Sheil is unafraid to go to very vulnerable lengths in her films, able to bare not just her body in provocative ways but something beneath the flesh as well, and yet always seems to weild the power in these situations as an actor. That’s how it feels in her latest film, The Seeding, by director Barnaby Clay. She’s at once a kind of naked solace, but also mysteriously unsettling as a woman trapped in the desert. It’s not just nudity as a physical process, of course; it’s a metaphysical nakedness that somehow undresses the viewer as well. She’s almost intimidating in this way. After a brief prologue, she begins Joe Swanberg’s masterful Full Moon trilogy (Silver Bullets, Art History, The Zone, all 2011) literally howling at the moon, dress flowing, all so woodland.
In many ways, few directors have captured both Sheil’s stunning beauty and her quiet strangeness like Joe Swanberg (except the aforementioned Seimetz; more on her later). With furious streaks of violin, Silver Bullets opens with Swanberg himself playing footage of Sheil in slow-motion, pausing at times, catching the stunning glow of her hair in false lighting. He’s obsessive over her and jealous of her new director (played by Ti West); he watches footage of her taking a shower over and over again. She comes across shy and subtle, but there’s a sneaky knowledge in her eyes of what she does to people. She’s fearless, but it’s like she knows something we don’t. That gets more explicit and weird in The Zone, about a sexual encounter between characters which confuses the actors who are playing them.
Suffice it to say, it’s hard to think of many other actors who could dance topless to percussive electronica while wearing a werewolf mask in a five-minute-long static shot and make you question the nature of relationships, jealousy, artifice, and sex.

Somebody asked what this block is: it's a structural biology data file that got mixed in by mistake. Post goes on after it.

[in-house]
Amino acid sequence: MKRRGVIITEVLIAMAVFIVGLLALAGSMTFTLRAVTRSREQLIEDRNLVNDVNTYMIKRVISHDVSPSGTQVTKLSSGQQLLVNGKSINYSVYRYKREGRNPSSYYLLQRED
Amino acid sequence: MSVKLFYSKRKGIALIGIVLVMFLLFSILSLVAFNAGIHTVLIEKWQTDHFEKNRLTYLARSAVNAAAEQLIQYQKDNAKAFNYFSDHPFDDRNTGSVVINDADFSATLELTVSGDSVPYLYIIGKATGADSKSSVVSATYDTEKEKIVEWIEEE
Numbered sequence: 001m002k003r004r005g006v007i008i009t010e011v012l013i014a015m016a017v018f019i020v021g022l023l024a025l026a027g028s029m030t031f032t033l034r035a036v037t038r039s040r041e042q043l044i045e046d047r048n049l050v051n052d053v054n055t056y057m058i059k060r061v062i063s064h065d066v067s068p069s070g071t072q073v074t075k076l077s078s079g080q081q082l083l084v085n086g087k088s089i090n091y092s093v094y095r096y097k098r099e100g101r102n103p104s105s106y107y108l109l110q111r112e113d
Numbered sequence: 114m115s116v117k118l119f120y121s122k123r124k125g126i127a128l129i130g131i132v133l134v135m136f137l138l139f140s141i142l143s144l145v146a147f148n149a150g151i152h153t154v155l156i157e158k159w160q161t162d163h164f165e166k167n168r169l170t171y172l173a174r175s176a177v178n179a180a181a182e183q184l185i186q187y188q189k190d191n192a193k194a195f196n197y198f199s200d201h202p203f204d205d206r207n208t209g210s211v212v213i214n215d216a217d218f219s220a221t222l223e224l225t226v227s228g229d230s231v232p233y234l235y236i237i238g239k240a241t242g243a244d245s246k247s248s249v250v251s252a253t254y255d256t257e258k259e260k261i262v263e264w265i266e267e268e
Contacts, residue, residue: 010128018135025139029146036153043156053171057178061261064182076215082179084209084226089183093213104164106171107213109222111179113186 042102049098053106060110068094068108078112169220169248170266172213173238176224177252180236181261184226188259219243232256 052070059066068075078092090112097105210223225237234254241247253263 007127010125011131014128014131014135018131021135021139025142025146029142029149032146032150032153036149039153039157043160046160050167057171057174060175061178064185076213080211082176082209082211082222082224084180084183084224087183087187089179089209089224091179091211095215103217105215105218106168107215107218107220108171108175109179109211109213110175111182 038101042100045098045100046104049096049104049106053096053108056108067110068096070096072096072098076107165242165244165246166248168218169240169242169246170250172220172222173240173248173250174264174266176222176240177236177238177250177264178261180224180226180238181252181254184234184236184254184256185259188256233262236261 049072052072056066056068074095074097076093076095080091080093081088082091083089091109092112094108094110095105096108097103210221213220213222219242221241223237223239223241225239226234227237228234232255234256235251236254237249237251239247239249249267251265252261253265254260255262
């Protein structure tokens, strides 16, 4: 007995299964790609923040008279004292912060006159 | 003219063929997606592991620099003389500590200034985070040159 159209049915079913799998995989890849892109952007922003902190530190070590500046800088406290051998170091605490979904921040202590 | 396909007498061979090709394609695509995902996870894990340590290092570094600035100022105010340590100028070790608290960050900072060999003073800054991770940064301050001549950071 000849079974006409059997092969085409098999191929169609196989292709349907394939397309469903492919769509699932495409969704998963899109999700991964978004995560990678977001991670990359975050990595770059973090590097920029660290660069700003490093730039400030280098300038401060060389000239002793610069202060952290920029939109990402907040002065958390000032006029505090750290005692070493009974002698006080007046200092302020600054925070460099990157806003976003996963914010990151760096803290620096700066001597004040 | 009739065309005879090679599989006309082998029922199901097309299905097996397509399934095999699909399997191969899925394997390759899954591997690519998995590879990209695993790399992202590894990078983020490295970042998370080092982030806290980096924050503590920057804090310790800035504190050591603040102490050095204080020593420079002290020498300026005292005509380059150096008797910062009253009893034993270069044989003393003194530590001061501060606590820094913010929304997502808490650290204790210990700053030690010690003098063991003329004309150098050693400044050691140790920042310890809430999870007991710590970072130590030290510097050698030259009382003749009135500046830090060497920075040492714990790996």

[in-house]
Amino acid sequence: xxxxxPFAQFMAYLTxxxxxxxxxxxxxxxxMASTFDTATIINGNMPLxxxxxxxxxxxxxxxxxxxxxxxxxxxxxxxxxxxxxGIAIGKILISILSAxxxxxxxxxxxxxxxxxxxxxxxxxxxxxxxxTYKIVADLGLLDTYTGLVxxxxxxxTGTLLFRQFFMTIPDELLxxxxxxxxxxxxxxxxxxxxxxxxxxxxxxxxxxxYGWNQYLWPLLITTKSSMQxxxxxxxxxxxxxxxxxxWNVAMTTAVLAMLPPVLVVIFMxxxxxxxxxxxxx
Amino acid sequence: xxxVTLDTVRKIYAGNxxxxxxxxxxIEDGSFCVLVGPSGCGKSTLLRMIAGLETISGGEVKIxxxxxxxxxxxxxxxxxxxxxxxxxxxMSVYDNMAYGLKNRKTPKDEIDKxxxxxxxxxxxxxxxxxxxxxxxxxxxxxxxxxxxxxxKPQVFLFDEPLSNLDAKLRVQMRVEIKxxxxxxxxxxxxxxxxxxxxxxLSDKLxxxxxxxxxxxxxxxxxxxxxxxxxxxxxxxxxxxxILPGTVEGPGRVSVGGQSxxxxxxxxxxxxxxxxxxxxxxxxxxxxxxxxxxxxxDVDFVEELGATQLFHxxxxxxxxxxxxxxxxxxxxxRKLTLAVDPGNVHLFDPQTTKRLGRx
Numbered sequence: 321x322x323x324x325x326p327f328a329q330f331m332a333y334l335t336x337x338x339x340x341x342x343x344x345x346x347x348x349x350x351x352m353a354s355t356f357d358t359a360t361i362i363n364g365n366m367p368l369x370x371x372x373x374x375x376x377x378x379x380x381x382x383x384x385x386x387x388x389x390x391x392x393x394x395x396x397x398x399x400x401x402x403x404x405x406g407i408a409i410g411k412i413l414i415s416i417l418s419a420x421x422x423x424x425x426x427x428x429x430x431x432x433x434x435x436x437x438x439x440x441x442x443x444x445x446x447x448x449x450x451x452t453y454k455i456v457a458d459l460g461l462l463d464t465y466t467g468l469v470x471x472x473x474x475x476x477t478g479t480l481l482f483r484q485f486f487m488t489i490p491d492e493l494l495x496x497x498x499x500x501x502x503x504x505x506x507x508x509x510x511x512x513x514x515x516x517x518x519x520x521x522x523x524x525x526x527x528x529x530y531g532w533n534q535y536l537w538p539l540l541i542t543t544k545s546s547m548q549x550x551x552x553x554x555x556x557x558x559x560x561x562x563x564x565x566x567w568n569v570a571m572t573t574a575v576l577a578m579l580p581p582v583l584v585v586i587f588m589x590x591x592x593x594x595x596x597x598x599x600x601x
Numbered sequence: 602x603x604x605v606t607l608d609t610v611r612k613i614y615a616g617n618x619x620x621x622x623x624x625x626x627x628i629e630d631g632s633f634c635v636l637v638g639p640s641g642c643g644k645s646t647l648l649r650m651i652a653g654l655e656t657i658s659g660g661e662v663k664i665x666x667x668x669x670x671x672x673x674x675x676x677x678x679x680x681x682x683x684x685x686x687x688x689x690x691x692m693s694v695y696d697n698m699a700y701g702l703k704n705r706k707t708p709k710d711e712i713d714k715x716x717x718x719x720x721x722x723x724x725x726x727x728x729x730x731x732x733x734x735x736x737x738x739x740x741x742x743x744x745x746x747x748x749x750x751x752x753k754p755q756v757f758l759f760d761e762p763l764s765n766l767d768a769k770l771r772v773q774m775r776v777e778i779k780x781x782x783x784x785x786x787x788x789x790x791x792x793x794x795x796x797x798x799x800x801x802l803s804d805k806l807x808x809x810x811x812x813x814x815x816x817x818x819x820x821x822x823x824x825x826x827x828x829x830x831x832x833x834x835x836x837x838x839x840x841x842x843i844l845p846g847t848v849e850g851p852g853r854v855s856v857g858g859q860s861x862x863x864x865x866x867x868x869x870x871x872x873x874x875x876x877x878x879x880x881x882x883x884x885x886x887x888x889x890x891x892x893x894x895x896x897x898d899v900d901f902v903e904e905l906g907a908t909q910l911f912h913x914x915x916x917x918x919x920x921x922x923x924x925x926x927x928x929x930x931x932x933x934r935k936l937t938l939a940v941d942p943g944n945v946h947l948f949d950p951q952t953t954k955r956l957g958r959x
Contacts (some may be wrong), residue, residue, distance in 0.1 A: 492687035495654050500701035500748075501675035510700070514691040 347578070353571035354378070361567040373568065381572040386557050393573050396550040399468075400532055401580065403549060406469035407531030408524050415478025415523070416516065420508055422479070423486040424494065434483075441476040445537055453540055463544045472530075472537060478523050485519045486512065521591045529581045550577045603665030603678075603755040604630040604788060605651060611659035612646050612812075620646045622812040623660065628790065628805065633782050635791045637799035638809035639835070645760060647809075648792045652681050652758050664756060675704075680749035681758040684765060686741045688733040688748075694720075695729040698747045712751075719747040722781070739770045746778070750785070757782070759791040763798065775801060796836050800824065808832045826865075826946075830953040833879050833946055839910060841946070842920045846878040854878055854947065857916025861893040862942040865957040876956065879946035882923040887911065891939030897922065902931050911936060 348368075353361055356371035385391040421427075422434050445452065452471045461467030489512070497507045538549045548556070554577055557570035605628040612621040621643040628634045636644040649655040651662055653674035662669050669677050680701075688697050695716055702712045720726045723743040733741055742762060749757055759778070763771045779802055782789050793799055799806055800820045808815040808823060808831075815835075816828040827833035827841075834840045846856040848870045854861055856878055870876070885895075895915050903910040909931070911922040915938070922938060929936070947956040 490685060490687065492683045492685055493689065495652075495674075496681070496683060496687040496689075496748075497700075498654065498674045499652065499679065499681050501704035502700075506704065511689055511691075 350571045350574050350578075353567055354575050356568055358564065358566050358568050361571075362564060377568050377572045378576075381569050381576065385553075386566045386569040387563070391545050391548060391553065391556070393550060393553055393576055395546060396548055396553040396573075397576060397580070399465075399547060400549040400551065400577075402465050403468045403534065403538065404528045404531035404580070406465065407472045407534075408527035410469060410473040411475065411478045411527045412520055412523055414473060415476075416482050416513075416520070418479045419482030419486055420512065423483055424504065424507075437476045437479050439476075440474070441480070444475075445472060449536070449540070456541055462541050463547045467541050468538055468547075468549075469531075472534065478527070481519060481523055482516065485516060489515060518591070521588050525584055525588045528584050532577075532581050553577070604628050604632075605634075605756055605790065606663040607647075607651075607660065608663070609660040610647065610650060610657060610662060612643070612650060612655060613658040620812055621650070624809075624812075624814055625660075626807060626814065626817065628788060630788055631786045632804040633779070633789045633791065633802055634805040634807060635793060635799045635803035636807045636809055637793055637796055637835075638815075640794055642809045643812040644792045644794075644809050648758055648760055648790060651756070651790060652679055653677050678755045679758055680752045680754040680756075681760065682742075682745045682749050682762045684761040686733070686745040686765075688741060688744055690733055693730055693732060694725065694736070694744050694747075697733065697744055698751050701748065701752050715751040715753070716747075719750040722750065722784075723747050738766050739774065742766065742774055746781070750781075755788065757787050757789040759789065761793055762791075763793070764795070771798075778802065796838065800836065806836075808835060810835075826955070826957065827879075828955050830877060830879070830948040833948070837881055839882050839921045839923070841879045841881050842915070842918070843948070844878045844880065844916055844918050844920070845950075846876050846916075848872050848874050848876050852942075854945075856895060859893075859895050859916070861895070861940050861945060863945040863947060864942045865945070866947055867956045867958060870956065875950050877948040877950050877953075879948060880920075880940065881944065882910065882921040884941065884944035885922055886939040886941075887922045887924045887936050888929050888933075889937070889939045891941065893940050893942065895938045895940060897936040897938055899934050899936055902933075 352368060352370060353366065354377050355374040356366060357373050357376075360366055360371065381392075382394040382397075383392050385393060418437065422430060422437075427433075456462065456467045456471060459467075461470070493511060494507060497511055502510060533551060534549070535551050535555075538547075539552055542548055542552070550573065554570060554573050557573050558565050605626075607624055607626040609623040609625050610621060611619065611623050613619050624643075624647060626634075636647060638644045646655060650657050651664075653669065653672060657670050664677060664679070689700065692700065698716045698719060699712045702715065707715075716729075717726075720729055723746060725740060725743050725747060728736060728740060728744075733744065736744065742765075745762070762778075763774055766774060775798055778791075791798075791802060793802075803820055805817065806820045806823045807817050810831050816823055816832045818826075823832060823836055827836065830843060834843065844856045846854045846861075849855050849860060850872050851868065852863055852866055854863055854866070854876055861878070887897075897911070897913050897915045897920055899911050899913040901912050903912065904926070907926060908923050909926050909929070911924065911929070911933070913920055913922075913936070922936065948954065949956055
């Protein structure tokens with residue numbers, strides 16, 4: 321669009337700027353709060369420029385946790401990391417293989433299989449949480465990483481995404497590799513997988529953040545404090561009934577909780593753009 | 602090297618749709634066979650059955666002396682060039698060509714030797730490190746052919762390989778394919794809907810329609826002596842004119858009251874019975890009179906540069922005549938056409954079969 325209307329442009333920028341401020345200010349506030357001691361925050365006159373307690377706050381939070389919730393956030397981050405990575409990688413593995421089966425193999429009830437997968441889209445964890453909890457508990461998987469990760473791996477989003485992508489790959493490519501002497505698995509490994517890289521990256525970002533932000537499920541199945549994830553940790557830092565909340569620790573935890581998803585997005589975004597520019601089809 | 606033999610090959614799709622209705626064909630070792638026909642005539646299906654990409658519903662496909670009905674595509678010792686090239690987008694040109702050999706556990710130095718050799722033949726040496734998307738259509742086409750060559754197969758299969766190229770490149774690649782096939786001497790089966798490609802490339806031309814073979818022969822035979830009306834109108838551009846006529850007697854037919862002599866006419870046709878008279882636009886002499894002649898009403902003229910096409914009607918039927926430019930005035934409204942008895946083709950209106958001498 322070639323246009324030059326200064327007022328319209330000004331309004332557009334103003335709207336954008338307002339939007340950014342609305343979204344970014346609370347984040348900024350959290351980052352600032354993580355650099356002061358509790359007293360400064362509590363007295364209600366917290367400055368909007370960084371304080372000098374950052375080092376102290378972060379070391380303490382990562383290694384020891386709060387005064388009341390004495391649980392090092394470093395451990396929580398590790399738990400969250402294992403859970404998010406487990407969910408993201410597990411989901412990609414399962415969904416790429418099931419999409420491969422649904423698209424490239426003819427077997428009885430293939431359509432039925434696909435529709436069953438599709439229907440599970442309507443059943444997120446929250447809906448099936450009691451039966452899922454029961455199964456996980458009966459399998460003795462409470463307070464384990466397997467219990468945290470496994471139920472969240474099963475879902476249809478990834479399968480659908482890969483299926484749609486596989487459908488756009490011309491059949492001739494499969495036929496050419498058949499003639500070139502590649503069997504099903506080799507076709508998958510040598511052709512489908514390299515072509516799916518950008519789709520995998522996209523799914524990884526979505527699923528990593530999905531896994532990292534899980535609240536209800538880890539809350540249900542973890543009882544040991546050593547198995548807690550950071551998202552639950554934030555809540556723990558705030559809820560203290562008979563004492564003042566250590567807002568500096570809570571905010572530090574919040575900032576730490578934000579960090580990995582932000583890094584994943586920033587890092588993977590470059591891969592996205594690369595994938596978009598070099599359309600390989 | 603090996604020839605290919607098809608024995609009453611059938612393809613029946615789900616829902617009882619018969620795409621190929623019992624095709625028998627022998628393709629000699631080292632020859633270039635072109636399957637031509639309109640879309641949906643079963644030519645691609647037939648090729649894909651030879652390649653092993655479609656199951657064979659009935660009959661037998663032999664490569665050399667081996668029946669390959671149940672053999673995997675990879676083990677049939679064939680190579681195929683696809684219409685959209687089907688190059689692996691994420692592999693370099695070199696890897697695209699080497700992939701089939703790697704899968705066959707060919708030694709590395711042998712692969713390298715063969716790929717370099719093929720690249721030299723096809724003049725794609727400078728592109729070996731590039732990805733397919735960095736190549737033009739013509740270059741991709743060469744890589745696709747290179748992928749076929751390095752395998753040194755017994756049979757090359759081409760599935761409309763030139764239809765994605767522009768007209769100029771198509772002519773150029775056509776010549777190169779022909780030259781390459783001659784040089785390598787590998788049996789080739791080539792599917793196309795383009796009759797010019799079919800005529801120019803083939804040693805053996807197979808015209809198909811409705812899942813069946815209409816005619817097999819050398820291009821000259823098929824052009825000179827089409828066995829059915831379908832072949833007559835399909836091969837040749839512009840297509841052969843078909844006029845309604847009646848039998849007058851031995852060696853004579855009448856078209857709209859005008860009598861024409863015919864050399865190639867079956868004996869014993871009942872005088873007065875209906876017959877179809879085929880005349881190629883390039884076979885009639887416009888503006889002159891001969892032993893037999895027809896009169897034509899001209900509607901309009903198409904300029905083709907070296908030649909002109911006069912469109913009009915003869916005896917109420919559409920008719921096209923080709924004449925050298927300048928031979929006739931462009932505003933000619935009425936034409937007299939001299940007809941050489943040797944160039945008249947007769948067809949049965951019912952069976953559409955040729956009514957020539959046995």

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Actors Acting as Actors
As is evident, the Full Moon trilogy is very much about the art of acting and the fiction of filmmaking (with acting as a kind of lycanthropy). It’s an interesting facet of Sheil’s career, a kind of meta tendency toward self-reflexive trickery. Of course, some of this is because of the family affair of mumblecore, where actors and directors blended into each other, often making movies about themselves. Swanberg and Seimetz, Lawrence Michael Levine, Kentucker Audley, Lena Dunham, Sophia Takal, Ti West, Jane Adams, Larry Fessenden — they were all starring in and directing each other’s films (while Gerwig, Bujalski, Duplass, and Duplass were doing the same, mostly elsewhere). It was a truly special time in cinema that feels sadly over.
Perhaps the pinnacle of this meta moment for Sheil is Robert Greene’s masterpiece, Kate Plays Christine. Like a lot of Greene’s work, it’s impossible to tell where documentary ends and fiction begins, something heightened by the fact that this is so often the case with Sheil, one of the most naturalistic actors today. The film follows Sheil as she prepares for an extremely heavy role (in a film that technically doesn’t exist, kind of), portraying the legendary newscaster Christine Chubbuck, who shot herself on live television. It’s a fascinating meditation on acting, media, melancholy, and that very impenetrable quality we’ve previously mentioned.